On this page, you’ll find some resources that I have been using recently to aid teaching and learning which may prove useful. The KS4 resources are geared towards the Edexcel GCSE.


Here are some success criteria which I created for each element of the exam. The idea is to create a guide to the key skills needed for each element of the exam (or the elements where more than one or two marks is needed). When marking an assessment, you can quickly use the codes and ask students to refer to their sheets. It makes feedback quicker and more specific once content has been learnt and you need to work on exam skills.

English Language Exam Success Criteria

Edexcel English Lit Examination Success Criteria

Revision Guides: Revision Guides for Edexcel English Lit and Language Easter Revision
Relationships Poetry:

We are foscuing on the relationships cluster so here is a giant knowledge organiser and a PowerPoint which could be used as a starter or around school to support revision:

Relationships PowerPoint

Knowledge organiser

Romeo and Juliet:

The huge and whole Romeo and Juliet collaborative Scheme of work from my department including success criteria, assessments, lesson powerpoints for key scenes can also be found here.

Here are some key extracts from Act 1-3 of Romeo and Juliet (ignore the title of the document!) – there are key questions on the side and some other documents to support teaching and annotation of the text. These can be used to support extract based question skills. Act One extracts

Also for Romeo and Juliet are these ‘top trump’ cards. Not very snazzy but very effective. Students simply decide how much of each character (in a percentage) should be assigned to each personality trait. They can then discuss, argue or write about what evidence they can remember to prove these traits. Romeo + Juliet top trumps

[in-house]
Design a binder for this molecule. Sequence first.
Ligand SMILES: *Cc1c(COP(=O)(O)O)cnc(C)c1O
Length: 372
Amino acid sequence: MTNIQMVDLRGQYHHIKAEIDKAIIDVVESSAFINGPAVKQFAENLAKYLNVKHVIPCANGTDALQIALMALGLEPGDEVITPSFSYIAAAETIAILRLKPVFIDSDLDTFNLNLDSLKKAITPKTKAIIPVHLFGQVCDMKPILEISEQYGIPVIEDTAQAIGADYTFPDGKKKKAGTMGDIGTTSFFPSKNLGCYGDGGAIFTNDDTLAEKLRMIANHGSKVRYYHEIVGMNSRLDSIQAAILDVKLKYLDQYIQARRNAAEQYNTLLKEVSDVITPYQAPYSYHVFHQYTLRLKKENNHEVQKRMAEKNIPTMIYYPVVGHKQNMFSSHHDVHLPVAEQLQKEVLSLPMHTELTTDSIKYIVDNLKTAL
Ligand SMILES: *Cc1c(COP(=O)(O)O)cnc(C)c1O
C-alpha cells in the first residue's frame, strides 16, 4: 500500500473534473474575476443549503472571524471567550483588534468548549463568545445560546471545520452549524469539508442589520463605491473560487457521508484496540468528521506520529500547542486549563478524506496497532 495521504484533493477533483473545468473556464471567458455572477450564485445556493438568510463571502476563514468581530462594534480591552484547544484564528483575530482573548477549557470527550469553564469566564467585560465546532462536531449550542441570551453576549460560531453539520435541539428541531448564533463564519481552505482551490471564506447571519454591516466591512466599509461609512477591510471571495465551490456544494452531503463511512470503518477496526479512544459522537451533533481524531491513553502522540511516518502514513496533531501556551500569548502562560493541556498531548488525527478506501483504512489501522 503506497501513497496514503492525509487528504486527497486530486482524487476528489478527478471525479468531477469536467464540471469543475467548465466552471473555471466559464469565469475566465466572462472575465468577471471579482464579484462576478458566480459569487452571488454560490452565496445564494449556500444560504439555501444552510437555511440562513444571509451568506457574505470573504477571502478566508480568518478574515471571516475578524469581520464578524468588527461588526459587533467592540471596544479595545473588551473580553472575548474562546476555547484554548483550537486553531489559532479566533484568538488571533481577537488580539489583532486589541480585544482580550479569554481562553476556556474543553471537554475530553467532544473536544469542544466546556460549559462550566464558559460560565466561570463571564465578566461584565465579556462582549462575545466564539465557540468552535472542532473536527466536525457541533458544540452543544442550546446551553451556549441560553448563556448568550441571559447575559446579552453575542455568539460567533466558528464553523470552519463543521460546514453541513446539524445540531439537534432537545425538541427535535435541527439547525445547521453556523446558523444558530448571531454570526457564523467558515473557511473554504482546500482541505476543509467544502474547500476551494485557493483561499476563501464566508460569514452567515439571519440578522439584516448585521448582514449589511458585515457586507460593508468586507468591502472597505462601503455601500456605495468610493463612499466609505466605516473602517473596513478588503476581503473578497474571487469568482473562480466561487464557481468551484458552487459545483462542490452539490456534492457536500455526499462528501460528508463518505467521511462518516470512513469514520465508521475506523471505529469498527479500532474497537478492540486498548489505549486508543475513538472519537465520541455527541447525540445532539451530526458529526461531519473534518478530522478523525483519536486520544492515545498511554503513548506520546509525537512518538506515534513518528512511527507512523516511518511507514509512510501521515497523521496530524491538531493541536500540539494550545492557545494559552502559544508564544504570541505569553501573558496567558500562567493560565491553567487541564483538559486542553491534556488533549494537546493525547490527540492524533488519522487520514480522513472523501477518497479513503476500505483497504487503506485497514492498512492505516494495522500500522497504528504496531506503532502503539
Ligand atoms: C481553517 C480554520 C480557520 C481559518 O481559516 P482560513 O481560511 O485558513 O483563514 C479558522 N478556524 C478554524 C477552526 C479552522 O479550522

Jekyll and Hyde:

Our very popular collaborative Jekyll and Hyde scheme of work can be found here.

This includes lessons, key extracts, success criteria and assessment materials.

Here are some more resources to revise with – transactional writing tasks inspired by Jekyll and Hyde.

Journey’s End:

These elaborative interrogation cards were made to support revision. The idea is that students will better remember the facts if they can make links as to the fact and these help them with the whole text question as they force them to make links. Students can make their own for revision using the basic questions stated.

JE Elaborative Interrogation cards

Literature Interleaving Revision:

Revision tasks for R&J, An Inspector Calls, Journey’s End, Jekyll and Hyde and A Christmas Carol (or any combination of them!) for Edexcel syllabus. It also includes Language tasks – a reading and writing task each week.

Task: Jekyll and Hyde, An Inspector Calls and Romeo and Juliet Tasks

Homework Check questions: Jekyll and Hyde, An Inspector Calls and Romeo and Juliet – Homework task checks

Tasks: Jekyll and Hyde, Journey’s End, Romeo and Juliet Homework

Homework Check questions: Jekyll and Hyde, Journey’s End and Romeo and Juliet Homework task checks

Tasks: A Christmas Carol, An Inspector Calls and Romeo and Juliet Year 11 Homework

PPT quizzes and answers for revision of: Jekyll and Hyde, Romeo and Juliet, Journey’s End, Relationships anthology poetry

Literature Interleaving Quizzes

Literature Interleaving Quizzes


Skills based resources:

To aid analysis at KS3, we sometimes use these connotation ‘magic’ circles. The idea is that the key word goes in the middle and students build on the connotations to aid their analytical paragraphs. These do not need to be limiting, they are simply a snazzy way of mindmapping and stretching those connotations and associations further. You can include them in a paragraph in many different ways without limiting students to merely these key words. Encourage them to use them in separate sentences in their anaylsis and explain the reasoning behind as well as the effect overall.

magic circle

connotation magic circles


These active verbs are useful in every year to encourage more nuanced analysis – as long as are used correctly and the terms are taught explicitly!

Active Verbs for brilliant analysis